In the 1950s men's fashion revolved around business attire. After rations were revoked in 1947 with the end of the war, men's suits underwent changes in style and fabric choice, which made the suits emblematic of an era. Wool suits were a staple in every man's closet, could be bought for around £19, and were worn frequently regardless of season. It wasn't until 1957 that the strict fashion codes relaxed to fit the new teenage baby boom fashion era.
Common Style and Materials
Wool suits of the 1950s were worn in muted colours such as dark blue, grey, charcoal, and brown. A typical suit of this era was made of wool or flannel, satin, and cotton, and functioned as a fundamental fashion staple in the male wardrobe. Wool suits were always worn with cuff links and frequently with a fedora hat.
Differences Between 1940s and 1950s Wool Suits
Suits of the 1950s tended to be single-breasted and were tailored to be shorter than they had been in the 1940s. Trousers were also tailored shorter but contained more fabric; the 1940s shoulder pads had disappeared and wool suits were often matched with skinnier ties. Hat brims and shirt collars also became slimmer and less pronounced than in previous decades. Wool suits were considered less frivolous in the post-ration 1950s, and thus became a more widespread trend in male fashion.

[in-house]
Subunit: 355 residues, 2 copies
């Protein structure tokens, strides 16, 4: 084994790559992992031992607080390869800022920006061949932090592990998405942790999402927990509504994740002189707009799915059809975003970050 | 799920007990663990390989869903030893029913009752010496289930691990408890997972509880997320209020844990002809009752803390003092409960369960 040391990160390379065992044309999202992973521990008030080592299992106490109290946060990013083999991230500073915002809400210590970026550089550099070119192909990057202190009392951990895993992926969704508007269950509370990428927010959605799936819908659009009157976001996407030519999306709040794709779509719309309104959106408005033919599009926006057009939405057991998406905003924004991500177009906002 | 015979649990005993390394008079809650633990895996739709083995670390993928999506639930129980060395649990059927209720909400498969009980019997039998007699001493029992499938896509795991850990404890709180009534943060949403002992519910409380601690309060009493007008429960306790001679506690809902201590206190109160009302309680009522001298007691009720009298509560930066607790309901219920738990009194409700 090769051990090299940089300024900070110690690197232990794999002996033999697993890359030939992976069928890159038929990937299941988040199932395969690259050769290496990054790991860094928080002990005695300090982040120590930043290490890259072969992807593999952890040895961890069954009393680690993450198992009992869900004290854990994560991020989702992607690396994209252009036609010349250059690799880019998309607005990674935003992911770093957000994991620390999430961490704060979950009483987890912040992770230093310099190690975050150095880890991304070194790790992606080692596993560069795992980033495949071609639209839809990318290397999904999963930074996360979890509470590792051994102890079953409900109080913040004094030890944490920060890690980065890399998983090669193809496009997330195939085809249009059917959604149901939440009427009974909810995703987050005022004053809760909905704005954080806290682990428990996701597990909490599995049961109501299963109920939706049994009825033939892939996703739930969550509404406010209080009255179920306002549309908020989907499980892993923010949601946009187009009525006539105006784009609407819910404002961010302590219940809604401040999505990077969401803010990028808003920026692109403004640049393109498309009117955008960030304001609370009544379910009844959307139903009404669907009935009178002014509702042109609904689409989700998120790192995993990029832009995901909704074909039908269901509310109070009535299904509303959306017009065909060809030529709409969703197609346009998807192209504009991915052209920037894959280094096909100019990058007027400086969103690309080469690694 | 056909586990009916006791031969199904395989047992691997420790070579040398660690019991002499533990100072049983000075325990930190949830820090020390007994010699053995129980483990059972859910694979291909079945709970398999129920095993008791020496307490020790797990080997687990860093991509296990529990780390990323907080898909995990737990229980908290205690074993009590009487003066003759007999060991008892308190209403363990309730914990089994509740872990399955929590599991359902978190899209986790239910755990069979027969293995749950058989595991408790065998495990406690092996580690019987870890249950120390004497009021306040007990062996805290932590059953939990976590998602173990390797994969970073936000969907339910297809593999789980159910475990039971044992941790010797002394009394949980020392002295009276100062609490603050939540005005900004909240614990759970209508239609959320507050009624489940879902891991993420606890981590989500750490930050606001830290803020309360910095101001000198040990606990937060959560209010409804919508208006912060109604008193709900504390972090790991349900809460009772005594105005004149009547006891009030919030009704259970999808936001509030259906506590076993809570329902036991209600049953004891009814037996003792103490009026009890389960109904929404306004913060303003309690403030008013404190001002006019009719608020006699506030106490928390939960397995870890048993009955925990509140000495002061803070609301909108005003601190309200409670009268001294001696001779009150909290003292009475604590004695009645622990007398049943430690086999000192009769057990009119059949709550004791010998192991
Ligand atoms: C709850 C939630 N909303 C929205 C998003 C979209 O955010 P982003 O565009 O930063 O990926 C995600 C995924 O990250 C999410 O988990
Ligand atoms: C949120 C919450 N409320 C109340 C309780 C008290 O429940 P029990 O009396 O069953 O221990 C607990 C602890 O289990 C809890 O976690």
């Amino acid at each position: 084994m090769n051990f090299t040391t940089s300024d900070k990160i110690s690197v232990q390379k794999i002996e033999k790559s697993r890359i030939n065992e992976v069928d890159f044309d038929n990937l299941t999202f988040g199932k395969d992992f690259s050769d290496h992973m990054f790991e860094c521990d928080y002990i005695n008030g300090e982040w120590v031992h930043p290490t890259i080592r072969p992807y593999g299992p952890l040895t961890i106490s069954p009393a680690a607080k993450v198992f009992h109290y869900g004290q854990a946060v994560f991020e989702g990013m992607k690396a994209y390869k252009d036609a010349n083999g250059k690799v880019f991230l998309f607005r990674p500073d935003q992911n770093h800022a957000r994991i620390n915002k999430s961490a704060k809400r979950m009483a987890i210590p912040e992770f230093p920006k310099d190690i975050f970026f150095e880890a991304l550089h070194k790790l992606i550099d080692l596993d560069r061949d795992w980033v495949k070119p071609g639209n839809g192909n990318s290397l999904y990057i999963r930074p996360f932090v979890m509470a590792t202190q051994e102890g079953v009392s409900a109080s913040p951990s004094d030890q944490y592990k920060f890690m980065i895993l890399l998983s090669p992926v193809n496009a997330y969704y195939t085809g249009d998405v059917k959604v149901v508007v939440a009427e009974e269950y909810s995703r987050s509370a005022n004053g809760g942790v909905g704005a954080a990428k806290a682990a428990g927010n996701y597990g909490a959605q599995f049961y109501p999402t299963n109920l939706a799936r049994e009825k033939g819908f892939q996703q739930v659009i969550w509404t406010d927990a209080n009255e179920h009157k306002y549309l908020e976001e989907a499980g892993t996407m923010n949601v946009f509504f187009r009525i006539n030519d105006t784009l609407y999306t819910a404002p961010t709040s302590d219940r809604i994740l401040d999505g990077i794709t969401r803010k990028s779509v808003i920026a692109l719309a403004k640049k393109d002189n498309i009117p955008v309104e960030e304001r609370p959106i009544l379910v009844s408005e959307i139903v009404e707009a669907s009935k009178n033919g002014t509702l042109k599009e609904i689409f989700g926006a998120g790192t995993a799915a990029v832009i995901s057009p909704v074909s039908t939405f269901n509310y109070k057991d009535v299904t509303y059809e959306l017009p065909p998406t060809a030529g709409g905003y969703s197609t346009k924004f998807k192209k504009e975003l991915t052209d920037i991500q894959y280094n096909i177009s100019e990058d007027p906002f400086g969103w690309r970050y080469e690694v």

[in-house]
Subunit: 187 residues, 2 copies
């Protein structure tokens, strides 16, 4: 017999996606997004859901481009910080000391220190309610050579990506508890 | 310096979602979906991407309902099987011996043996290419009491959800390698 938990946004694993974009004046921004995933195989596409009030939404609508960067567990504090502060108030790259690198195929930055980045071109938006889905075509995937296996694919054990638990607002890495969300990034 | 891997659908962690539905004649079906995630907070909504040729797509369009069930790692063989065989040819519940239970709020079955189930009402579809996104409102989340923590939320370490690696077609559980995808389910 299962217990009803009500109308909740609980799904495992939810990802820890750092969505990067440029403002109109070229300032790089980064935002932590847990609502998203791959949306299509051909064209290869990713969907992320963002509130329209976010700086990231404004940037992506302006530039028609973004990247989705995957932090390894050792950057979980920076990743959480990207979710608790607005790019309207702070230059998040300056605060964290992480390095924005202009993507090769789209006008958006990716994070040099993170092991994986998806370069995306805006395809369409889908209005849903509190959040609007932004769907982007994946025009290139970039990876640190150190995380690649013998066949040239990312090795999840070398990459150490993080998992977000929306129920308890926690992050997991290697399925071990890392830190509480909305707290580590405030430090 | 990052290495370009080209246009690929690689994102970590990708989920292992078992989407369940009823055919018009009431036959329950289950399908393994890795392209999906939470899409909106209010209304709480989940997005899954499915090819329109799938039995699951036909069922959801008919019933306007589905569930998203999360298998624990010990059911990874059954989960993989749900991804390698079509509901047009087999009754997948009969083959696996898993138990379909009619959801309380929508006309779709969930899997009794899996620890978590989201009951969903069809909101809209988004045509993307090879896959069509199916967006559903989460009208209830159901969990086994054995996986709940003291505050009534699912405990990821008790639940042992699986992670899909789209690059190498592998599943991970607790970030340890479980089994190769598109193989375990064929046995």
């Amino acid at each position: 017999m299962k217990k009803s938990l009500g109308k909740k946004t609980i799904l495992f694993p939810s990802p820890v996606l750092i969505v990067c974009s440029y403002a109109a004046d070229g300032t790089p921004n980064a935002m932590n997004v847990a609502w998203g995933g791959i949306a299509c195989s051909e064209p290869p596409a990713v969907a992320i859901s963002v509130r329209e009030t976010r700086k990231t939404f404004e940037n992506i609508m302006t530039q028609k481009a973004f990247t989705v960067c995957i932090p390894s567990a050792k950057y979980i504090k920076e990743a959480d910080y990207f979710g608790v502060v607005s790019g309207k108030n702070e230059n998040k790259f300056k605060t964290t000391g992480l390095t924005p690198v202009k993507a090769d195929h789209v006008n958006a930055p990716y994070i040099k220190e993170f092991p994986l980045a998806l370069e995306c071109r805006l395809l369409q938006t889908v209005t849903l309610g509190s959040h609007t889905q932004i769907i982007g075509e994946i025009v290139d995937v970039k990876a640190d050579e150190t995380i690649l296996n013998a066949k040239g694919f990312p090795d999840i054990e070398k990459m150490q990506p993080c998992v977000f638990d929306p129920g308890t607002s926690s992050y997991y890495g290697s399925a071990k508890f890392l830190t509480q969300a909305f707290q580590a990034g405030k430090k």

1950s Wool Suit Icons
Given the revoked rations, American stylists and style icons were at liberty to express themselves more freely through new fashions. Designers like Christian Dior, Yves Saint Tropez, and Chanel made waves in the high fashion suit industry, and also introduced new feminine suit fashions into women's wear. Hollywood actors Marlin Brando and Gregory Peck also became fashion icons with their tendency towards wool and flannel suits.
Changes to the Traditional 1950s Suit
After the fashion changes of the late 1950s it became more acceptable to wear more casual attire. Suits were more commonly rolled up at the sleeves with a button-down shirt, and were made in patterned and more brightly coloured fabrics, only some of which were wool or wool blend. With the rise of affluence and leisure time, teenagers of the 1950s were also able to spend more and shop for themselves, which caused designers to tailor their clothes to the younger crowd. New styles were created in counterpoint to older styles, and teenagers began wearing what had become a new rebellious trend in leather jackets and jeans, contrasting strongly to the traditional business attire of the 50s. Today, the wool suit has come back in vintage style, mainly through the flecked wool suit.
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